FREDERICKTOWN — Nearly three dozen Waterford-area residents received a surprise Monday evening when hot air balloonist Gary Tyo dropped in.
Tyo, who was taking his niece and her husband for a ride, spotted the home of Levi Yoder, a business acquaintance.
“I saw his house from up above. I thought it would be neat to drop down, and the wind just took us there,” Tyo said. “There was only one house between Levi and the school.”
After Tyo landed the multi-colored balloon in the school yard, Amish children and adults, as well as non-Amish from the neighborhood, moved in for a closer look. Tyo began to take onlookers on a ride with a view from above the tree tops.
“We went up 75 to 100 feet,” Tyo said. “The Amish were reluctant to get in. Pretty soon, a couple of Amish boys — maybe 12 to 14 years old — took part and the rest joined in.”
Tyo said around 35 children and adults went up in the balloon Monday.
A line attached to the basket, held by a Tyo family member, kept the craft from floating away. Depending on wind speed, the basket could be tethered to a tree for safety.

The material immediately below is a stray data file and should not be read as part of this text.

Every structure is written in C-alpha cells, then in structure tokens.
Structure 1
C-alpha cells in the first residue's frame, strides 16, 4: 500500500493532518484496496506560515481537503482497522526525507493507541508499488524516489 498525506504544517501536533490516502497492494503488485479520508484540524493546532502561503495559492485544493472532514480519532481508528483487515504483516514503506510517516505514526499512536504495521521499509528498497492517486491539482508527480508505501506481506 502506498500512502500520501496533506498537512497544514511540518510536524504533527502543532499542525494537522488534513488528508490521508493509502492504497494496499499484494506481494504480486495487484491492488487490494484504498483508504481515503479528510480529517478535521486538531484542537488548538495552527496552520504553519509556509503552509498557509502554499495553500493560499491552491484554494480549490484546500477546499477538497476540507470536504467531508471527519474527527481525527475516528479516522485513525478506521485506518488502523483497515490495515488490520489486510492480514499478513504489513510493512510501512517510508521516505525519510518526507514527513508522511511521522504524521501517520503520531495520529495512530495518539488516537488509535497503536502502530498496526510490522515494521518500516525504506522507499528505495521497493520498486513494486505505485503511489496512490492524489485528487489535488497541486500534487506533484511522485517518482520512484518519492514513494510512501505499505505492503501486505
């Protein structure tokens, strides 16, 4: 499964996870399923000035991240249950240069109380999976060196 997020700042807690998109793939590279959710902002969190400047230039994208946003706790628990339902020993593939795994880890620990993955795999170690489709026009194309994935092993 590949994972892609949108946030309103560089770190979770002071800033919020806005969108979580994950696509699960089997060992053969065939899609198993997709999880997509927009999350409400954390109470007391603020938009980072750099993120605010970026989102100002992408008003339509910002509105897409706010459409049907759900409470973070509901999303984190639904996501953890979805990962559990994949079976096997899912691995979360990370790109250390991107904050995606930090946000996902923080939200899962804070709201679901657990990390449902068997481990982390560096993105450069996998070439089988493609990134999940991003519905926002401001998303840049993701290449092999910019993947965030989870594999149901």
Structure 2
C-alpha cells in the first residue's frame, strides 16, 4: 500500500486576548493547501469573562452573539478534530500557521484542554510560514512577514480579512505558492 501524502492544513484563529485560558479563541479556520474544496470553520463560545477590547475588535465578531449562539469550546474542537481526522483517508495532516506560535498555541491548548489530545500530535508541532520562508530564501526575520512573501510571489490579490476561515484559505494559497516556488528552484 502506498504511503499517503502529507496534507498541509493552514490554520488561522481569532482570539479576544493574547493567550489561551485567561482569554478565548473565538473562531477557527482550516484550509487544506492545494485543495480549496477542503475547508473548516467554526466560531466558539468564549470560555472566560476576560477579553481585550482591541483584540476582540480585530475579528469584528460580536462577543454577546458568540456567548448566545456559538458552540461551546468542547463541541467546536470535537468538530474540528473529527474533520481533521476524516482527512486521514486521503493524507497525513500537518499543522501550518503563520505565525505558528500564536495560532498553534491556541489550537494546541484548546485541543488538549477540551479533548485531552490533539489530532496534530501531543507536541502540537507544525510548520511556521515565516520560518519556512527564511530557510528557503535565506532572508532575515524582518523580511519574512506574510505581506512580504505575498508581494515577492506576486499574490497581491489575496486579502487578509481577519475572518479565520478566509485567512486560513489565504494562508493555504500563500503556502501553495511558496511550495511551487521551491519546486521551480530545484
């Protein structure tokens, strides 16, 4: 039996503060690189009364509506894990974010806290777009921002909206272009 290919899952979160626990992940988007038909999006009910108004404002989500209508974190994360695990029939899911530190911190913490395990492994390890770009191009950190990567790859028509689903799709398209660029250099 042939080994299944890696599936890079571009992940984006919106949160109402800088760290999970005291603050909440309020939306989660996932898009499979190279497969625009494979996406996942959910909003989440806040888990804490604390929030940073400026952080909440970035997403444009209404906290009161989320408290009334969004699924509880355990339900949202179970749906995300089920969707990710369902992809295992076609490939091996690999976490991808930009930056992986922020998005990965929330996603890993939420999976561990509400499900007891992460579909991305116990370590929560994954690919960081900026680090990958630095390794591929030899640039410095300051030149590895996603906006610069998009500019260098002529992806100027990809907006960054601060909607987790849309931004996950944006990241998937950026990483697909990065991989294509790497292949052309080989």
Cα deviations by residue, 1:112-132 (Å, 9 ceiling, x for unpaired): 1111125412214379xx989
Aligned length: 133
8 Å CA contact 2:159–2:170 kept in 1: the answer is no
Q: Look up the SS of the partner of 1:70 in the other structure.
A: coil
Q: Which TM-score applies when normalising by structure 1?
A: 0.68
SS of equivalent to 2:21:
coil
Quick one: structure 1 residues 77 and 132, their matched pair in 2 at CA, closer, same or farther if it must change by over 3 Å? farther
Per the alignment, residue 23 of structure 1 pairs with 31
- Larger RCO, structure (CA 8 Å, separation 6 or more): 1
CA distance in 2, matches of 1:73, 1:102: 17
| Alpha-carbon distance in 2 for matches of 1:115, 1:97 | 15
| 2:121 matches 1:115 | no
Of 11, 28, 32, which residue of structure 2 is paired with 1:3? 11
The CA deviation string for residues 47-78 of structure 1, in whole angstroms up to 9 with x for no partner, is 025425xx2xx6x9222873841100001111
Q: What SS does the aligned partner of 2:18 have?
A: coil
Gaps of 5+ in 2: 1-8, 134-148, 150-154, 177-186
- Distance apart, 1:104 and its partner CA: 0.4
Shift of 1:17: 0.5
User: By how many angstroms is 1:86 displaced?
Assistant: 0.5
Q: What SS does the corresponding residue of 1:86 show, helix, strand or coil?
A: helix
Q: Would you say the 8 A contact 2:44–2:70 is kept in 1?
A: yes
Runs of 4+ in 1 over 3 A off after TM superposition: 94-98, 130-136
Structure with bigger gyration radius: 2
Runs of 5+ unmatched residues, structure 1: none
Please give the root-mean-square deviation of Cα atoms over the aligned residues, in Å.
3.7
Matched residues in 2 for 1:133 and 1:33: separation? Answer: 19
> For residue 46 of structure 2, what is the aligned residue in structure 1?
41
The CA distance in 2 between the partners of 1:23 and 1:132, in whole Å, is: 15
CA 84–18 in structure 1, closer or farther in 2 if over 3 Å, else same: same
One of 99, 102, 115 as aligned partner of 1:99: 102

“You have to have very calm winds to tether,” he said.
Stephanie Fesler was at her parents’ farm baling hay when the balloon landed.
“It landed right next to the Amish school. He took Amish kids for a ride and anyone else that wanted to go,” Fesler said. “It was pretty amazing.”
Tyo, who has been piloting balloons for 28 years, explained that balloons pretty much travel wherever the wind takes them. Winds travel at different speeds, and different directions, depending on how high the balloon travels.
“You are simply at the mercy of the winds,” he said.
Because of the unpredictability of the winds, someone normally follows him on the ground — a chaser — in case he runs into trouble, and to bring him, and the balloon, back home.
“No one had a better time than I did,” Tyo said. “It’s fun to fly, but I like to land and see how others react to going up in the balloon.”
Tyo said the extra trips cost him about $40 in propane but that it’s money well spent just to give someone the opportunity to go up, and to see the smiles on the faces of his passengers.